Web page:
Joaquin sat by the fireplace and watched his father eat his dinner at the wooden table. Orange light flickered in the room, casting shadows across the wall. The shadows were mesmerizing to him and he let his gaze rest on the dancing shapes, sitting in silence as he always did when father was in this condition. The night was long and mute and terrifying.
Joaquin waited. Now was not the time to talk to him. His mother signaled with her eyes for him to stay away. No matter how hungry Joaquin was or how loud his stomach growled, when father smelled foul, or drooled from the corner of his mouth and his speech slurred, Joaquin was to stay in the shadows.
It wouldn’t matter if he had earned a twopence by sweeping the clock maker’s porch that day, or if the schoolmaster had him draw letters on the chalkboard at school as instruction for his classmates, Joaquin’s personal achievements were incidental when father came home. He was not to mention them.
Even mother kept her distance.
For that reason, Joaquin spent as much time as he could away from home, though he longed to protect his mother there was nothing he could do but to give a morning’s wage to the priest in hopes his pleas would be heard by the great Healer in the sky.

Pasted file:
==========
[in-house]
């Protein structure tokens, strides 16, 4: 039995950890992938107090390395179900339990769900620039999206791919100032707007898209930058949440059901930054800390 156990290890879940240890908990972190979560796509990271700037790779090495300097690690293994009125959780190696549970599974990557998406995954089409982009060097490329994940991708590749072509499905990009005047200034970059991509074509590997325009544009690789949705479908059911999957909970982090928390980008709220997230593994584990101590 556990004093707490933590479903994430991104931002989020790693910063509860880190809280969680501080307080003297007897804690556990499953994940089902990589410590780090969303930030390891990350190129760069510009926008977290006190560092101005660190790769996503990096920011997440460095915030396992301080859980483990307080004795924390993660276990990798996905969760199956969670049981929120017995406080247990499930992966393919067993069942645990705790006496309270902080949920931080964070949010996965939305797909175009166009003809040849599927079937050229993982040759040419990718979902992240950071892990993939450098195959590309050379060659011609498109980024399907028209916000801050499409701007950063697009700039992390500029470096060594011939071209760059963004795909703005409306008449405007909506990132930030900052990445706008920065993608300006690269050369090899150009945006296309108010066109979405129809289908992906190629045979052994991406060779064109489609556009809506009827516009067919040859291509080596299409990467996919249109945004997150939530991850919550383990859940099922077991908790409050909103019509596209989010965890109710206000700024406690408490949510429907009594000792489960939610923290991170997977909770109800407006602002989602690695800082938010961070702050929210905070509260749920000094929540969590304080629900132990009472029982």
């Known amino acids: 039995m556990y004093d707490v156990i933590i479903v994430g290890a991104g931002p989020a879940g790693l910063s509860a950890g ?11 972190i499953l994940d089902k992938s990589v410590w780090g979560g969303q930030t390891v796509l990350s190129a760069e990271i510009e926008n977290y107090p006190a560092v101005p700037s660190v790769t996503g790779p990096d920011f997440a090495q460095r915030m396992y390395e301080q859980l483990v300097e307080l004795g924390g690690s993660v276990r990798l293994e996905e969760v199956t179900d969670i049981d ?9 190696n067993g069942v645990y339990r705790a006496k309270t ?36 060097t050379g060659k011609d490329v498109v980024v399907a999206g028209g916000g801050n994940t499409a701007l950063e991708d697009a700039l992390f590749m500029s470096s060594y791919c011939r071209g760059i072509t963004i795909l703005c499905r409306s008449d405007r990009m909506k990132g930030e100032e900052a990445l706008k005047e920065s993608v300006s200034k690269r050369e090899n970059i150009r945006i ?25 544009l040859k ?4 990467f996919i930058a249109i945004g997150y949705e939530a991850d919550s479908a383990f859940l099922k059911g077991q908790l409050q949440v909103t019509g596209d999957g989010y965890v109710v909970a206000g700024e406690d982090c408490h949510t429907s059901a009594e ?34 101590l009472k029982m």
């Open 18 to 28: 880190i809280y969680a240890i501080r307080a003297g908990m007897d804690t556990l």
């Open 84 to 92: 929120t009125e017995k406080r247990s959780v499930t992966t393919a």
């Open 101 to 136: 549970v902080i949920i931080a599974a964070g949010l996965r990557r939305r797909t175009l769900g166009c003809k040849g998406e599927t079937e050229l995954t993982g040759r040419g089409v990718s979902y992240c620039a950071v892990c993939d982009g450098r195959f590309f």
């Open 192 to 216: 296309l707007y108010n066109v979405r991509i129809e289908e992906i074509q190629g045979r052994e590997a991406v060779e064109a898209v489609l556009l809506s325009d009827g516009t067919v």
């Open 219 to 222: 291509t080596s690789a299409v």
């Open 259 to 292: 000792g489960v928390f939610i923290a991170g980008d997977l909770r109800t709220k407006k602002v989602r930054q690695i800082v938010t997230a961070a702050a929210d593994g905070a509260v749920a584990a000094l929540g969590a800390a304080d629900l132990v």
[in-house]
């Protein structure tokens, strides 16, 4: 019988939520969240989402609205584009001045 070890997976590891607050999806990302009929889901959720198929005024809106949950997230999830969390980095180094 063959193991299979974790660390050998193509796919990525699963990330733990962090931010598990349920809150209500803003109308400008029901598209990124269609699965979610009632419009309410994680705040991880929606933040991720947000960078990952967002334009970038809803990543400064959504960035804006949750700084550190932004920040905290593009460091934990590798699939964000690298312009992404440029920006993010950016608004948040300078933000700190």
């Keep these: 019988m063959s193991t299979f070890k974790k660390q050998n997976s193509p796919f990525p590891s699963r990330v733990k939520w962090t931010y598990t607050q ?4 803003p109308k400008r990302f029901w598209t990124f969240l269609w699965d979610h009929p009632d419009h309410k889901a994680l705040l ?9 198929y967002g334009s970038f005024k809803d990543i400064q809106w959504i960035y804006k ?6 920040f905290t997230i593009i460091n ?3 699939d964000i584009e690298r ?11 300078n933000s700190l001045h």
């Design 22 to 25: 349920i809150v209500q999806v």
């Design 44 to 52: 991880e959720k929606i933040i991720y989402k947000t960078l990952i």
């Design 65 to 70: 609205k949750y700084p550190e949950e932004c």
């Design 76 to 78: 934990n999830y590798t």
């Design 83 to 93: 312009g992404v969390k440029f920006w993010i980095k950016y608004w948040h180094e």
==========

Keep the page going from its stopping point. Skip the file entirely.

One day his prayer was answered. One day the sun came up for the first time, though everyone he knew dressed in black that morning.They followed the procession out of the village up to the meadow where dead people are put in the ground. His mother’s face was covered with a veil but he knew she wasn’t crying.
If Joaquin ever said a word against his father his mother would put a finger over her lips and tell him to hush. Once he asked her if she was glad his father was dead. She denied it. But she didn’t cry. Not when they lowered the coffin and tossed dirt on it, filling the hole until there was a bare mound protruding out of the fresh green grass. Birds sang that morning. He had never heard such sweet singing. Joaquin wanted to tell his mother that he was glad. But he didn’t.
Joaquin grew up in the village where he was born, always striving to please and yet not really knowing who it was he wanted to please, at least not until he was older. By then he realized he would never be satisfied.
As a young man, he inherited his uncle’s newspaper business. Joaquin worked hard making his newspaper the best paper he could. He impressed his peers and even became accepted as one of the leading presses in the city. But he wasn’t satisfied.
He remained in the shadows and let others take credit for his hard work, afraid to be commended just like he had been afraid to show his father his grades.
In Joaquin there were many years of energy bottled like wine and put on the shelf to age.
One day he would be called to make a difference and when that day came, he would be satisfied..